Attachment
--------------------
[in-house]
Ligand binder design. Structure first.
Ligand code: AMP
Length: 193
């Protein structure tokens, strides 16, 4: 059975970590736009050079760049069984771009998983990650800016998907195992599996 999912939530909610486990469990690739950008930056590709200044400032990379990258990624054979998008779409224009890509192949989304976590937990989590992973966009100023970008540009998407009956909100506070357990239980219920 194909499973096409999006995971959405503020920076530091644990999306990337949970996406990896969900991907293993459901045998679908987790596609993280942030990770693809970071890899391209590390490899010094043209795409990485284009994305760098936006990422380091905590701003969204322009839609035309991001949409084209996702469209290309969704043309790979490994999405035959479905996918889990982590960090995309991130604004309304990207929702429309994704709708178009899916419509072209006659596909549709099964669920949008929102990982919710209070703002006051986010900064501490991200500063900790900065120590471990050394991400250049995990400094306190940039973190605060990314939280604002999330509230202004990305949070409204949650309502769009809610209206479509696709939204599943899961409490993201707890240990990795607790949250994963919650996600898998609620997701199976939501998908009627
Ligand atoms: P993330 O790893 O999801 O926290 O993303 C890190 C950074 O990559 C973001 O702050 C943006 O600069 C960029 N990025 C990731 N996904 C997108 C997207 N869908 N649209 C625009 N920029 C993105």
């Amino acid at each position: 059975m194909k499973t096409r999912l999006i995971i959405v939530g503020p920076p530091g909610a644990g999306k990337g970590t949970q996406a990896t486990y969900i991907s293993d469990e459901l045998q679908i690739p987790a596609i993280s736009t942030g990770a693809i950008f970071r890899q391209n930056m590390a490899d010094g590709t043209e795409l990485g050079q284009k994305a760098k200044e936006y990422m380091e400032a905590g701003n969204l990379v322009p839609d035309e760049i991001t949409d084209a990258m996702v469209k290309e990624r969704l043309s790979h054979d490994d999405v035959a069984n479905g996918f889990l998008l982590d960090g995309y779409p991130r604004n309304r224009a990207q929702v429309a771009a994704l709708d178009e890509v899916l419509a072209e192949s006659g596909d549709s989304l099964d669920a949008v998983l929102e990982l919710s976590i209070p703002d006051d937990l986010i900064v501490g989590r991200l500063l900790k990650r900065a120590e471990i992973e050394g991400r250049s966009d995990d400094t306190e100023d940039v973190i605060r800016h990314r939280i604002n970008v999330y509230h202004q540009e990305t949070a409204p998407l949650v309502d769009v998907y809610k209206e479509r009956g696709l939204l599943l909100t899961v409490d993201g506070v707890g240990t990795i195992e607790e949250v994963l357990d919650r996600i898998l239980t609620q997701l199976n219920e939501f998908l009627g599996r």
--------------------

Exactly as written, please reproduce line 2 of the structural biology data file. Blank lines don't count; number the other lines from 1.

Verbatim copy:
Ligand binder design. Structure first.